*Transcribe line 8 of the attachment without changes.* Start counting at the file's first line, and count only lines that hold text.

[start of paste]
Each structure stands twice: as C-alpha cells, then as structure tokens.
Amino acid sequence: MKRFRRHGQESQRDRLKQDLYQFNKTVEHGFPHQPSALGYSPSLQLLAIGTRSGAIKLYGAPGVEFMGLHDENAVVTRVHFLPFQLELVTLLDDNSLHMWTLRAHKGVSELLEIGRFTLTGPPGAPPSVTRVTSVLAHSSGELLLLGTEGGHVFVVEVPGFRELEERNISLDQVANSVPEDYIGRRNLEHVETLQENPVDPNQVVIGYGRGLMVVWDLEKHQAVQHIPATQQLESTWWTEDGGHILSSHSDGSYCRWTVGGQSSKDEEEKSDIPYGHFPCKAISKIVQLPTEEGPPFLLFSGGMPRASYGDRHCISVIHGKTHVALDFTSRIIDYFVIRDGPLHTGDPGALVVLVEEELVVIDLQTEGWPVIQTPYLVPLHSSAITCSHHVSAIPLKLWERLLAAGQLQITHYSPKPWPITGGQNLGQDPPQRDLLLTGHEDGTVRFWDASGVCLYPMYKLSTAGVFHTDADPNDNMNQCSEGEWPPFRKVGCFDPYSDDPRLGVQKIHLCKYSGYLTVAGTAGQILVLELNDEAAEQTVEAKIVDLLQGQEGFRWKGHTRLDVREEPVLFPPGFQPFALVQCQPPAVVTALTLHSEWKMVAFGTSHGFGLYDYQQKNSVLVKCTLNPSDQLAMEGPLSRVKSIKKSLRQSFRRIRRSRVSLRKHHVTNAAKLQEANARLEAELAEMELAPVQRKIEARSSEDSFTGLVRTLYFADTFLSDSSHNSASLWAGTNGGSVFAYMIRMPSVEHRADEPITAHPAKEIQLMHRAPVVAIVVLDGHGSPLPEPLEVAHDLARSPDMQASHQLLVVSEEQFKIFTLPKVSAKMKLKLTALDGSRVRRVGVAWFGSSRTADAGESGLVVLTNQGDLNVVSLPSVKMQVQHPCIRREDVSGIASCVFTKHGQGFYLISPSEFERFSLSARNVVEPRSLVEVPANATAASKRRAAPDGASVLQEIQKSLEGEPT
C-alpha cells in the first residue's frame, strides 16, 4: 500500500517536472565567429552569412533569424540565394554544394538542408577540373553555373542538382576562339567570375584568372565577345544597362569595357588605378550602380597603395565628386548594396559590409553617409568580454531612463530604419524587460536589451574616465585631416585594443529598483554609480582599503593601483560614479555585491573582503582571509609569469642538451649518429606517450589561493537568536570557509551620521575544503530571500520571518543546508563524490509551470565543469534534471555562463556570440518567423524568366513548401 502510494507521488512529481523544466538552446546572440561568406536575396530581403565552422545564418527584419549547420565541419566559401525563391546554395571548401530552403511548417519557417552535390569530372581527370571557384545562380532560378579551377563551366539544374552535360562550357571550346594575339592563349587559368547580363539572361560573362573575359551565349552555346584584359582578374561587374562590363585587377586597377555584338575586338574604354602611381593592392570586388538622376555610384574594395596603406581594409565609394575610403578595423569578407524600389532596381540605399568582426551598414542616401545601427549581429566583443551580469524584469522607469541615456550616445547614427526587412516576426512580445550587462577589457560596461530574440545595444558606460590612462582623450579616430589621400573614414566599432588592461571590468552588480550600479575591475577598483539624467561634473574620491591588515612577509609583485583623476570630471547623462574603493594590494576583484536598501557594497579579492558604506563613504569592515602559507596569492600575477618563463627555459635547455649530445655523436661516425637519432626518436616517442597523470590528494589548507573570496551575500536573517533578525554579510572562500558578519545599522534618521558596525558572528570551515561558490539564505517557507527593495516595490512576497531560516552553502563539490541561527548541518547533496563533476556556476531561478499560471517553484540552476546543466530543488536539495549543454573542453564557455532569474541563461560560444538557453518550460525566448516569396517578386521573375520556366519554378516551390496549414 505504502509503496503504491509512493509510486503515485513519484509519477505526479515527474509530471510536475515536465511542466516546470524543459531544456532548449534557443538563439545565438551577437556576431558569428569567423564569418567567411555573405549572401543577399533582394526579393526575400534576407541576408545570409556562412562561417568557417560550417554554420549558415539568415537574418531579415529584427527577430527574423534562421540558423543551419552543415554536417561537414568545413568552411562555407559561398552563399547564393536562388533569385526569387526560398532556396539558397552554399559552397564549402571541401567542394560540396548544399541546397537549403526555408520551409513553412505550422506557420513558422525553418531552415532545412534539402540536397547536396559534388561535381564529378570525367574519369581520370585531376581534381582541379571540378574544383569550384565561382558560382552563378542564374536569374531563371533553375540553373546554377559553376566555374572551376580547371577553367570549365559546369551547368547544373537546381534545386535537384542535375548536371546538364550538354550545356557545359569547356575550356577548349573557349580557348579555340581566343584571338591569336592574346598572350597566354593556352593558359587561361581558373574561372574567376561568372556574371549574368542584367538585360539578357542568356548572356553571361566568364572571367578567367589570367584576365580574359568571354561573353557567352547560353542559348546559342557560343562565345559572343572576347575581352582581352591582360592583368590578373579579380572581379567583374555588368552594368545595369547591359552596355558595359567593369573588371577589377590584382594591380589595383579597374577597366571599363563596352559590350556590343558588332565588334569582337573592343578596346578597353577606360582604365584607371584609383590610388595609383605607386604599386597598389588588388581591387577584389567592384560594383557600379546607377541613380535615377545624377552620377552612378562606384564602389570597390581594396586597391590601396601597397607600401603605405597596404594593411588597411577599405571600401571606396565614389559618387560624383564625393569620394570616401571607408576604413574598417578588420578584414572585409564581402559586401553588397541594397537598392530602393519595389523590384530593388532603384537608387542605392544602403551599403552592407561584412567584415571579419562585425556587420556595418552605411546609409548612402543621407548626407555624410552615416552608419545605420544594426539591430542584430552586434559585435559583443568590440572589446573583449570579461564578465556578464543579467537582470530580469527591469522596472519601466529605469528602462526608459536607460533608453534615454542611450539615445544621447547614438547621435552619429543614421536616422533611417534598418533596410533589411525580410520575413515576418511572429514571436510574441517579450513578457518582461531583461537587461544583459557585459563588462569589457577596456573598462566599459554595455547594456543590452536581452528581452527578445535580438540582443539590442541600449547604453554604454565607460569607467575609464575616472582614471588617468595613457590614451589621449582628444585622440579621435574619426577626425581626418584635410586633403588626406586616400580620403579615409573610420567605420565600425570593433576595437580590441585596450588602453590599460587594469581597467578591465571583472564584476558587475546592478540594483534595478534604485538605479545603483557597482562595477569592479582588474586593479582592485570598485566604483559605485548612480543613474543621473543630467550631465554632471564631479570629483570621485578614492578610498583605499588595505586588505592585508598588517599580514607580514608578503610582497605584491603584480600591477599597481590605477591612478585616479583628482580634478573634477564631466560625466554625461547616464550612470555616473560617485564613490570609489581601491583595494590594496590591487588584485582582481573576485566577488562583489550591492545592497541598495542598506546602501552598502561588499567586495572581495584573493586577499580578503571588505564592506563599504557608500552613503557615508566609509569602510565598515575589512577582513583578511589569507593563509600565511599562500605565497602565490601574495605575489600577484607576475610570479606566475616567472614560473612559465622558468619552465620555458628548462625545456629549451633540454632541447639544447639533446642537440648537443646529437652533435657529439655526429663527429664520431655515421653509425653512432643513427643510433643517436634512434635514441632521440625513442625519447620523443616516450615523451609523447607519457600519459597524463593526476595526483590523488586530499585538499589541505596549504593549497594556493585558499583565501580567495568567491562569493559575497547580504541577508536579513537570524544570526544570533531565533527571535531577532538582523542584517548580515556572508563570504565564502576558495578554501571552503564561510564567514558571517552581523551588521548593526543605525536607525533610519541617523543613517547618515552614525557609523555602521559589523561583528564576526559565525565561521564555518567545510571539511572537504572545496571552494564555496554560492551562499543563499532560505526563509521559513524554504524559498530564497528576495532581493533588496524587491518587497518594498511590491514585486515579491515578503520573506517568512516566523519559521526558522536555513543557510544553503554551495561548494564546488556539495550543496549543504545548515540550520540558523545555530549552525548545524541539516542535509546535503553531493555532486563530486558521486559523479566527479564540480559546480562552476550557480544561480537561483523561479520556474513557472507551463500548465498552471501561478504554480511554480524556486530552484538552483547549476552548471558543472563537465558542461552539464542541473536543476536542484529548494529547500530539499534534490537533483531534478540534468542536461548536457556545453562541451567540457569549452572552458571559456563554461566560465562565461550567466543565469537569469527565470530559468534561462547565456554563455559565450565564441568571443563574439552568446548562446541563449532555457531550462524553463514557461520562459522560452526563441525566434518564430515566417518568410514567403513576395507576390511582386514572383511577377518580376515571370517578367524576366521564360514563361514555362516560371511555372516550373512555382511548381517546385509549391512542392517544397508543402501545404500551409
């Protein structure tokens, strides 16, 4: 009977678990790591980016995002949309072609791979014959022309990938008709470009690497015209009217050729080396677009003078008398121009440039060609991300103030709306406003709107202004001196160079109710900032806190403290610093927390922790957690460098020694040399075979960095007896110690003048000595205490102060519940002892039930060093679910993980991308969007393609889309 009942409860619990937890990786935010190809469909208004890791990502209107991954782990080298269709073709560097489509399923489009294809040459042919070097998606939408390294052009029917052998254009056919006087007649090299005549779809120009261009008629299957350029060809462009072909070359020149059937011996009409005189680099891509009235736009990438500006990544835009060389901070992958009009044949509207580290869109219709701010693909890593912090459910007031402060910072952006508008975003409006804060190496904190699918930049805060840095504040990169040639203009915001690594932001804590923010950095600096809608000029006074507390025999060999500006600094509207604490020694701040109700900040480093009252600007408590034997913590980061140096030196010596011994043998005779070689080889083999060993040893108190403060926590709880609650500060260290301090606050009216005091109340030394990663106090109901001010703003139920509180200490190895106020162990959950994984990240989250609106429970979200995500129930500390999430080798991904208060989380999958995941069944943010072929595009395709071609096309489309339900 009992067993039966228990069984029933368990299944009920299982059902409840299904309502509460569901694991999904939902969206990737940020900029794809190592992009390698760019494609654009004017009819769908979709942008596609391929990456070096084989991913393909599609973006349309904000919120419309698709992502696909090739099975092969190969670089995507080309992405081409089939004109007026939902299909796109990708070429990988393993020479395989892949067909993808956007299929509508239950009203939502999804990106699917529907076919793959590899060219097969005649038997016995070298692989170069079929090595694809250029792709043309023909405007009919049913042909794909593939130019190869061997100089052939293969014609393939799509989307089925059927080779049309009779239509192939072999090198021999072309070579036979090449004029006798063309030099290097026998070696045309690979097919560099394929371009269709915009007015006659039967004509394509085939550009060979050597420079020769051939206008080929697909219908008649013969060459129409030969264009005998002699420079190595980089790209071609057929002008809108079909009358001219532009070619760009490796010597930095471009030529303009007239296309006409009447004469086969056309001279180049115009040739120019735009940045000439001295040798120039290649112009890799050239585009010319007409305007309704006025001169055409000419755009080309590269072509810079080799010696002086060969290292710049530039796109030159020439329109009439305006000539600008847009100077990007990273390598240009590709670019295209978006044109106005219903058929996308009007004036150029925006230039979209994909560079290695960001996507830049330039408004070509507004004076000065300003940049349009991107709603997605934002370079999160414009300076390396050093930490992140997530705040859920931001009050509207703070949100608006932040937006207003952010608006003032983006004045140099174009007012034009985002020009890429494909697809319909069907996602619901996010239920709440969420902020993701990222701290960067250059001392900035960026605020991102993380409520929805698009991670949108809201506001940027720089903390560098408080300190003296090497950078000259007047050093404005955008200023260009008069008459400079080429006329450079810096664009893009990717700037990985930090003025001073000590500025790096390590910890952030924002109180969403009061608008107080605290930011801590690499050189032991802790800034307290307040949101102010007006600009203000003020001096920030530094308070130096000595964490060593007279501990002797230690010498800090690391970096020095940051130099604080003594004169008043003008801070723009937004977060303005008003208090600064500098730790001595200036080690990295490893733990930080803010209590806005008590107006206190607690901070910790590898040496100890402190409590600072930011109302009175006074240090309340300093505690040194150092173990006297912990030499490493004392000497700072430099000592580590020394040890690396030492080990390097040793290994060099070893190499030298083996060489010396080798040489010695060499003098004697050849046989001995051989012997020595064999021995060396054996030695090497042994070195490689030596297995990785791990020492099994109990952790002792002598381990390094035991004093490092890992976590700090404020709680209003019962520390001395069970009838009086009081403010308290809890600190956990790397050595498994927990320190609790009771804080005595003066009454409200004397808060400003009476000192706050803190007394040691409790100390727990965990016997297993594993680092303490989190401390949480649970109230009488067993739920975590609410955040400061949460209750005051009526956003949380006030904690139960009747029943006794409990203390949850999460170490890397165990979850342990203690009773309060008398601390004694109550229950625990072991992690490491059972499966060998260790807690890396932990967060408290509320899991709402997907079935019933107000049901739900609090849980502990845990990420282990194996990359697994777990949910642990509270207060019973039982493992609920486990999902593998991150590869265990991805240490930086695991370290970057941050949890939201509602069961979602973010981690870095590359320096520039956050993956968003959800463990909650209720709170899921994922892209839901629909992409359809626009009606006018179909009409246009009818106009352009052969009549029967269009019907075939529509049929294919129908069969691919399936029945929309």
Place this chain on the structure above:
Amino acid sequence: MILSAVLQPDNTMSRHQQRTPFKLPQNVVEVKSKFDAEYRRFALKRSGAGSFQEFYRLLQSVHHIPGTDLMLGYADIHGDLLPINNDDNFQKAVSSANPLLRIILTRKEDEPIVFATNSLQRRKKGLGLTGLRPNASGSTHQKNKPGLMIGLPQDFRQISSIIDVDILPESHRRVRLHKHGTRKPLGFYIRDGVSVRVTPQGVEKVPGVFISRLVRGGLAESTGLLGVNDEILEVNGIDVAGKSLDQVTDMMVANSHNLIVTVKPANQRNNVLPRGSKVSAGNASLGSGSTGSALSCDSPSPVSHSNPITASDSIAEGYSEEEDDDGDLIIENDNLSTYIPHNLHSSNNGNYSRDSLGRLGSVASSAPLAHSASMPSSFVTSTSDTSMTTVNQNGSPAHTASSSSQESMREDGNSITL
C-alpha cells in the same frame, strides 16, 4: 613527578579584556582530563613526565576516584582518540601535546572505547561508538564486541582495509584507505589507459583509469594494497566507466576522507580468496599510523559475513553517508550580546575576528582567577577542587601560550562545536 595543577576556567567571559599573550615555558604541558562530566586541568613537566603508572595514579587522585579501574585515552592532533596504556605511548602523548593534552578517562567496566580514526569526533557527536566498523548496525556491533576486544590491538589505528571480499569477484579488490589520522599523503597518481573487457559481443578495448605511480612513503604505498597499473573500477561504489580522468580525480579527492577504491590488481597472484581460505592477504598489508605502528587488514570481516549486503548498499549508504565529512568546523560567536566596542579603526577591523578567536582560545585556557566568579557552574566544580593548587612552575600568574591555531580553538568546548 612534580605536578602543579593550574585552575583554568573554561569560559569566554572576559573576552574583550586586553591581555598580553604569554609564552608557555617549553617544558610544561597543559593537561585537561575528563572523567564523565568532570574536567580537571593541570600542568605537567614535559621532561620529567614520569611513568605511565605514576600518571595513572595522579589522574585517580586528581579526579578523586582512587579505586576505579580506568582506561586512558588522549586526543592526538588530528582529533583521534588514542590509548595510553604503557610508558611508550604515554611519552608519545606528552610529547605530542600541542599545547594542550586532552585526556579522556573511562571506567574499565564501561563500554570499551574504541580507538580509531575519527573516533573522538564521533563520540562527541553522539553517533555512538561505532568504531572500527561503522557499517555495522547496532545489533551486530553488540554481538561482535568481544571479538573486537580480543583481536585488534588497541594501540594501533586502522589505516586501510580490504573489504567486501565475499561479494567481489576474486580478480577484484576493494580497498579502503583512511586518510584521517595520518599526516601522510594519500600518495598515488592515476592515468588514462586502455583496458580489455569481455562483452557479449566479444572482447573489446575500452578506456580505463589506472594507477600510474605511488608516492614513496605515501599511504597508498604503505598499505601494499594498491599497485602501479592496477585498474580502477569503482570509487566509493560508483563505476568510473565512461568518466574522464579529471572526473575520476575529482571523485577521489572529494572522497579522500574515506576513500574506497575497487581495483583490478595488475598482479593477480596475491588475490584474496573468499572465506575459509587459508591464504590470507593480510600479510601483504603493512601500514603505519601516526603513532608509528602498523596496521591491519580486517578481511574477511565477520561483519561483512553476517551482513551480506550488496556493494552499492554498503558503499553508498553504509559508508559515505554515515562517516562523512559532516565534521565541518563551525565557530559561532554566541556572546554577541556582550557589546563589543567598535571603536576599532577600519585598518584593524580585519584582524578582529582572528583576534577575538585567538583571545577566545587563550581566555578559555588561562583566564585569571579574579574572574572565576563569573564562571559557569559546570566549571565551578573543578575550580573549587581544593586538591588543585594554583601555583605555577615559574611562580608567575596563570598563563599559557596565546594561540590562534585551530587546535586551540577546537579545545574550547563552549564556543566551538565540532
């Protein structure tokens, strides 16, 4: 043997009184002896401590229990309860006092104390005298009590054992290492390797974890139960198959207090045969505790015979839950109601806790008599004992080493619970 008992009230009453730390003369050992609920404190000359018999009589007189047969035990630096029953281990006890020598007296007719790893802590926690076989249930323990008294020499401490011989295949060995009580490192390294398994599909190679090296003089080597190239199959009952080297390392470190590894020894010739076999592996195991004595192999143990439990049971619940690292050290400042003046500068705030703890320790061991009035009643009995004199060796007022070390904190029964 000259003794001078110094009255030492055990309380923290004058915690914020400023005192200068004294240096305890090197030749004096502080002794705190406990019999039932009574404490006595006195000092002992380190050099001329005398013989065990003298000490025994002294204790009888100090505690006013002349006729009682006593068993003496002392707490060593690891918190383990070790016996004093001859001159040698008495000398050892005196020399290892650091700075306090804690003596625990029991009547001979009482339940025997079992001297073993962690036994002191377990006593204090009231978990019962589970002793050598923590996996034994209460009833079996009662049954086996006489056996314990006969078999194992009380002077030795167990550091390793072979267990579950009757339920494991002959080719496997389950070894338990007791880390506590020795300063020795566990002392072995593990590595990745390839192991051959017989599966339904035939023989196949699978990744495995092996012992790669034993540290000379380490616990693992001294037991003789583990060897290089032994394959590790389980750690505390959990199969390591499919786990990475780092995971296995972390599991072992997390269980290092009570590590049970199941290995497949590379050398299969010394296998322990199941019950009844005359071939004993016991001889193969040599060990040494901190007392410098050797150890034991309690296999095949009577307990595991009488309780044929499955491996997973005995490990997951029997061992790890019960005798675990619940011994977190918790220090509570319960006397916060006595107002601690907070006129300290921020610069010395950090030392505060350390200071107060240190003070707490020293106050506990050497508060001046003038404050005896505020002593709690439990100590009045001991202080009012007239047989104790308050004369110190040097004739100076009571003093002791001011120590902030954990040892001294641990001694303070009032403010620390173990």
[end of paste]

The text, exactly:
């Protein structure tokens, strides 16, 4: 043997009184002896401590229990309860006092104390005298009590054992290492390797974890139960198959207090045969505790015979839950109601806790008599004992080493619970 008992009230009453730390003369050992609920404190000359018999009589007189047969035990630096029953281990006890020598007296007719790893802590926690076989249930323990008294020499401490011989295949060995009580490192390294398994599909190679090296003089080597190239199959009952080297390392470190590894020894010739076999592996195991004595192999143990439990049971619940690292050290400042003046500068705030703890320790061991009035009643009995004199060796007022070390904190029964 000259003794001078110094009255030492055990309380923290004058915690914020400023005192200068004294240096305890090197030749004096502080002794705190406990019999039932009574404490006595006195000092002992380190050099001329005398013989065990003298000490025994002294204790009888100090505690006013002349006729009682006593068993003496002392707490060593690891918190383990070790016996004093001859001159040698008495000398050892005196020399290892650091700075306090804690003596625990029991009547001979009482339940025997079992001297073993962690036994002191377990006593204090009231978990019962589970002793050598923590996996034994209460009833079996009662049954086996006489056996314990006969078999194992009380002077030795167990550091390793072979267990579950009757339920494991002959080719496997389950070894338990007791880390506590020795300063020795566990002392072995593990590595990745390839192991051959017989599966339904035939023989196949699978990744495995092996012992790669034993540290000379380490616990693992001294037991003789583990060897290089032994394959590790389980750690505390959990199969390591499919786990990475780092995971296995972390599991072992997390269980290092009570590590049970199941290995497949590379050398299969010394296998322990199941019950009844005359071939004993016991001889193969040599060990040494901190007392410098050797150890034991309690296999095949009577307990595991009488309780044929499955491996997973005995490990997951029997061992790890019960005798675990619940011994977190918790220090509570319960006397916060006595107002601690907070006129300290921020610069010395950090030392505060350390200071107060240190003070707490020293106050506990050497508060001046003038404050005896505020002593709690439990100590009045001991202080009012007239047989104790308050004369110190040097004739100076009571003093002791001011120590902030954990040892001294641990001694303070009032403010620390173990």